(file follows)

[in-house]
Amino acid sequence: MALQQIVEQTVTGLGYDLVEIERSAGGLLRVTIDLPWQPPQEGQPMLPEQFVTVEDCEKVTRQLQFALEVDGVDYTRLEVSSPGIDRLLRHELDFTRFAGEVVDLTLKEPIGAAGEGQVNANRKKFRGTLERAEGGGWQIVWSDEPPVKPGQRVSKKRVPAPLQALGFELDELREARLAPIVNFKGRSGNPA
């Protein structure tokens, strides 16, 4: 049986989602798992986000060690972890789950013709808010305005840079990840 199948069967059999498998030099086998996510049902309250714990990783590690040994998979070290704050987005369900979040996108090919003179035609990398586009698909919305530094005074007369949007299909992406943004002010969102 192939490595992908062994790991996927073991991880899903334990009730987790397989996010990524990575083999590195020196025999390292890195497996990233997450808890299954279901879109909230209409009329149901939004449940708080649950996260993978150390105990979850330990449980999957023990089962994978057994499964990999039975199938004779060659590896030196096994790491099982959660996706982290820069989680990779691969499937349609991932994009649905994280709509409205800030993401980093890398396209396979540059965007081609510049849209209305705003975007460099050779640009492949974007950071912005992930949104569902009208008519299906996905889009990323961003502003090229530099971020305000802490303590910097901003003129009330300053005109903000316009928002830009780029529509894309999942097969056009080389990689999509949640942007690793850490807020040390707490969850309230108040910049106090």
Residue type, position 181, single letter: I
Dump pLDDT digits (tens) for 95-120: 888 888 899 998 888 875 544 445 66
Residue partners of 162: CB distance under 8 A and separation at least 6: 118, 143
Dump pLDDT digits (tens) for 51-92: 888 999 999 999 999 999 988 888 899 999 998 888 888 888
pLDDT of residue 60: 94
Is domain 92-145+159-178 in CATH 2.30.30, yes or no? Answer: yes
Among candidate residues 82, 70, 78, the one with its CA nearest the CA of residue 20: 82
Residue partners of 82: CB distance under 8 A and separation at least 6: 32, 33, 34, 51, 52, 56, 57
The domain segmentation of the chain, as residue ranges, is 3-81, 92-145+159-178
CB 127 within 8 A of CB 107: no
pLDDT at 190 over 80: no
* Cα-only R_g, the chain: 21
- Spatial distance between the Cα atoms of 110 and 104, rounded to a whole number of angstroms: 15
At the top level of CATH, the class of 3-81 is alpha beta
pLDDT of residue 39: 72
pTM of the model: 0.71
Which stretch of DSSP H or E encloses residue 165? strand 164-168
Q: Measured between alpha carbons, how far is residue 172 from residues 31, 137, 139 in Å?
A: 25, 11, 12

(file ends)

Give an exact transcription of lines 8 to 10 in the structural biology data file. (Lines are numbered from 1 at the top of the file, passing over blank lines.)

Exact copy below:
pLDDT of residue 60: 94
Is domain 92-145+159-178 in CATH 2.30.30, yes or no? Answer: yes
Among candidate residues 82, 70, 78, the one with its CA nearest the CA of residue 20: 82